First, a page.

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Rafting through time.

Join the thousands of "time travelers" who raft down the Colorado River through Grand Canyon National Park each year.

The water is splashing around you as you descend into a chasm with reddish walls--meters, 50 meters, 100 meters, 300 meters deep. Here the cliffs rise straight up, smooth as marble. Just beyond, they look like a stack of giant cards, layer upon layer rising high above you. Quickly, you've dropped nearly two kilometer's into the deepest gorge on the planet--no exit signs in sight.

No, you're not reaching level seven in some hip new video game. This trip is better than even the best virtual reality adventure. It's a real-life journey down the Colorado River to the bottom of Arizona's Grand Canyon--in a raft.

Your guides: river boatman Dave Foster, who first rafted down the Colorado in 1973 at age 13, and geology professor W. Ken Hamblin of Brigham Young University.


"In a very real sense," says Hamblin, "this is a journey to the center of the Earth--although you don't make it quite to the center." As you ride the river downhill through Earth's rocky crust, you descend through layers of rock. The relatively young rocks, closest to the surface, hold fossils of 65-million-year-old dinosaurs. Below lie layers dating back nearly 2 billion years, to a time when single-cell sea critters were the only living things on Earth.

How did the Grand Canyon get this layered look? Way back before the canyon existed, Foster explains, an ancient sea covered the western part of North America. For millions of years, sand and the shells of tiny ocean organisms settled to the bottom. Pressure from the water and the layers of more debris that landed above gradually compressed and hardened these sediments. The result: layers of sedimentary rock--sandstone, shale, and limestone--stop much older bedrock, made of schist and granite, beneath this ancient sea.

Less than 100 million years ago, explains Ivo Lucchitto of the U.S. Geological Survey, for reasons scientists still don't fully understand,

the ancient seabed began to rise, forming a plateau on the western edge of the continent. Eventually the plateau reached 9,000 feet above sea level.

As a result of this uplift, the waters of the Colorado River, with its origins in the Rocky Mountains, cascaded steeply toward the Gulf of California. Flowing down that steep slope gave the water (and the sediments it carries) enormous energy--enough to cut a rift nearly two kilometers deep into the plateau.

As your raft carries you along, look over the side, urges river guide Foster. You'll see what does the actual canyon-cutting: a layer of coarse sediment made of mud, sand, and gravel covering the rocks on the river's bottom. As the river flows, this bottom sediment, called bedload, scrapes over the rocks like sandpaper over wood, slowly eroding (wearing away) the riverbed to carve the canyon.


The bedload only gets moving when severe thunderstorms or snowmelts swell the river. Though storms are still common, such swelling is rare on the Colorado today because, in 1963, engineers tamed the river. They erected Glen Canyon Dam to regulate the river's flow. That way they could capture some of the river's energy to generate electricity, and prevent massive floods. Because of the dam, today's Colorado is a trickle compared with its former roaring self.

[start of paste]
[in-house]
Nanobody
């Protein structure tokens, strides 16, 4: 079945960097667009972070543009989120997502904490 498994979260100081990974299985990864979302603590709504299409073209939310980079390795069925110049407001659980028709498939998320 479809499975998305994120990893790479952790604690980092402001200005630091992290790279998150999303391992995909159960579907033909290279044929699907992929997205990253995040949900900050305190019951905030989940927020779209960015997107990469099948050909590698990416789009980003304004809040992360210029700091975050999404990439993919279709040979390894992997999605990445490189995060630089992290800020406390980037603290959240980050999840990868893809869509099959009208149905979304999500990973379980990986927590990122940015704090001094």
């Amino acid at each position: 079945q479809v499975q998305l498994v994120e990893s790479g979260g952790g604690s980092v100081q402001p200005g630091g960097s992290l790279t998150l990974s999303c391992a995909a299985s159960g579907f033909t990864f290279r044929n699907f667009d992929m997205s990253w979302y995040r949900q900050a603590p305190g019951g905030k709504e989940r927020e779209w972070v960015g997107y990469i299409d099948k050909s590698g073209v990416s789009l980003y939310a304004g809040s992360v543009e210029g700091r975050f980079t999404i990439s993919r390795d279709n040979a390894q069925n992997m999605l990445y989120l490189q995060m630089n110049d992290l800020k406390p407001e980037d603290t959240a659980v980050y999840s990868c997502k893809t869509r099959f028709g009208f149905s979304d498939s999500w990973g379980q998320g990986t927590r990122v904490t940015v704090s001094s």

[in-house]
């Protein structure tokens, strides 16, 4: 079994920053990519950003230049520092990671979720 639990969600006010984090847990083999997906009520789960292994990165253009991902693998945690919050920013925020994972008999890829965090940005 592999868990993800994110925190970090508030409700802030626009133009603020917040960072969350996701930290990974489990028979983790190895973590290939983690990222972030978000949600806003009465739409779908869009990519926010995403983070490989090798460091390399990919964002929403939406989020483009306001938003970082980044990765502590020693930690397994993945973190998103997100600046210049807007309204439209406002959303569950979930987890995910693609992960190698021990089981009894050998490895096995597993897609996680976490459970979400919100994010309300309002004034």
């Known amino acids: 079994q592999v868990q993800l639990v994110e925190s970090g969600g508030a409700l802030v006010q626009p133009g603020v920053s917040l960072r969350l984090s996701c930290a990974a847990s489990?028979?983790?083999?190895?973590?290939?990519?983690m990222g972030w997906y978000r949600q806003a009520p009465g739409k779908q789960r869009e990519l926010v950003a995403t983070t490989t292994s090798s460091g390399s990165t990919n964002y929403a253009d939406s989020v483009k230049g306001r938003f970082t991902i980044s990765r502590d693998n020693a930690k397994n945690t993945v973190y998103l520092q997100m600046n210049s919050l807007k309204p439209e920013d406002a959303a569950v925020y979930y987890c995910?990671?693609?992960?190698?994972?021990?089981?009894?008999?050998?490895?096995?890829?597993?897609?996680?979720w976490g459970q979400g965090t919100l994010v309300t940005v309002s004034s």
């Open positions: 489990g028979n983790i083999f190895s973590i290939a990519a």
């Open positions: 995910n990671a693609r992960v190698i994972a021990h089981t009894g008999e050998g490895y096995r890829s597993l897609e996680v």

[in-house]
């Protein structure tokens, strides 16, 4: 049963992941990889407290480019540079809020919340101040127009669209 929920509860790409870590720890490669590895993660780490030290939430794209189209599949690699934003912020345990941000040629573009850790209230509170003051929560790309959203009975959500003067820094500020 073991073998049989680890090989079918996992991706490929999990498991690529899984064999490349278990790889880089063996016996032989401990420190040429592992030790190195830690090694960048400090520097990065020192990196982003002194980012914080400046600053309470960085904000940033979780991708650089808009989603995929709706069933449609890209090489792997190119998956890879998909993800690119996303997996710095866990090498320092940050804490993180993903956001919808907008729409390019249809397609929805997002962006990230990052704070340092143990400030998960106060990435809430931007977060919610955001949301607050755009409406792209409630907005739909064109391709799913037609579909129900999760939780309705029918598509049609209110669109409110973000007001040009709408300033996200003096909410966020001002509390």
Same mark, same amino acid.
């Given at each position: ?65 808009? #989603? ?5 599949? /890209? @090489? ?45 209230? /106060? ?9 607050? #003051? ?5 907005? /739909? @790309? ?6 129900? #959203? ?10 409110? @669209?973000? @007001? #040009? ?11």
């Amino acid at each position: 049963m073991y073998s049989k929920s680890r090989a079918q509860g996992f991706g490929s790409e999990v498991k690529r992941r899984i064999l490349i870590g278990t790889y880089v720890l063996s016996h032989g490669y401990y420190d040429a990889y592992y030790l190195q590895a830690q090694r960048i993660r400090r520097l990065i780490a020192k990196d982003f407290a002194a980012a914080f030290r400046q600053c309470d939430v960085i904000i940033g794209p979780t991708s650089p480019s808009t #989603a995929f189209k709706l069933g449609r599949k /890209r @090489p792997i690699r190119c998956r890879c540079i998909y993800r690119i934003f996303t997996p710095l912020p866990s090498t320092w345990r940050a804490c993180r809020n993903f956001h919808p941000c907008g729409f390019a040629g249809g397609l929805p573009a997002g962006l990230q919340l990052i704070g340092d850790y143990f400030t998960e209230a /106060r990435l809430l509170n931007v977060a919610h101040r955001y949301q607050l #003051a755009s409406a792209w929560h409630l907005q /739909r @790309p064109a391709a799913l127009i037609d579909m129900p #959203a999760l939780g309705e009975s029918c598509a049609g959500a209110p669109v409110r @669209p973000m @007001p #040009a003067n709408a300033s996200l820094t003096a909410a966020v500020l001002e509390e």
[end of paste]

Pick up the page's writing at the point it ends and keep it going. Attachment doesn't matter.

But wait--what about that hair-raising white water you splashed through around the last bend? Foster explains: Tributaries, smaller streams that spill into the river, are not regulated by dams. When they flood, they dump huge loads of rocky debris into the Colorado. The tamed Colorado can't wash the rocks away. So the water backs up and crashes over and around the rocks, resulting in exhilarating, but dangerous, rapids.

Take Bedrock Rapids, says Foster. "It's a big rock in the middle of the river that's hard to get around," he explains. "And there's a side stream coming in on the right, bringing in more and more [rocky] debris .... You can't get around the debris ... and also get around the rock." The rapids have overturned many boats there, he says.


In other places, such as Lake Powell, which formed behind Glen Canyon Dam, the river's flow has all but stopped, says Foster. Here, sediments settle out in the still waters. And the sun heats only the lake's surface. Result: colder, clearer water pours through the dam to continue the river's flow.

These conditions have given rise to a new river habitat, complete with cold-water-loving trout and bald eagles that eat them. That may sound ideal--at least for trout fishermen and eagles--but many native animals, such as squawfish and humpback chard, have lost most of their warm, muddy habitat and are now threatened or endangered.

Some conservation groups, notably the Grand Canyon Trust, are pressuring Glen Canyon Dam operators to adjust the Colorado's flow to create more-natural river conditions. But as long as the dam is in place, the conservationists say, the river will never be the same. The dam prevents the floods that were so important to the canyon environment.

Does that mean it's "Game Over" for the once mighty Colorado? Keep paddling and stay tuned.
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Title Annotation:includes related information on an experiment in canyon carving; rafting through Grand Canyon National Park
Author:Hart, Stephen
Publication:Science World
Date:Sep 2, 1994
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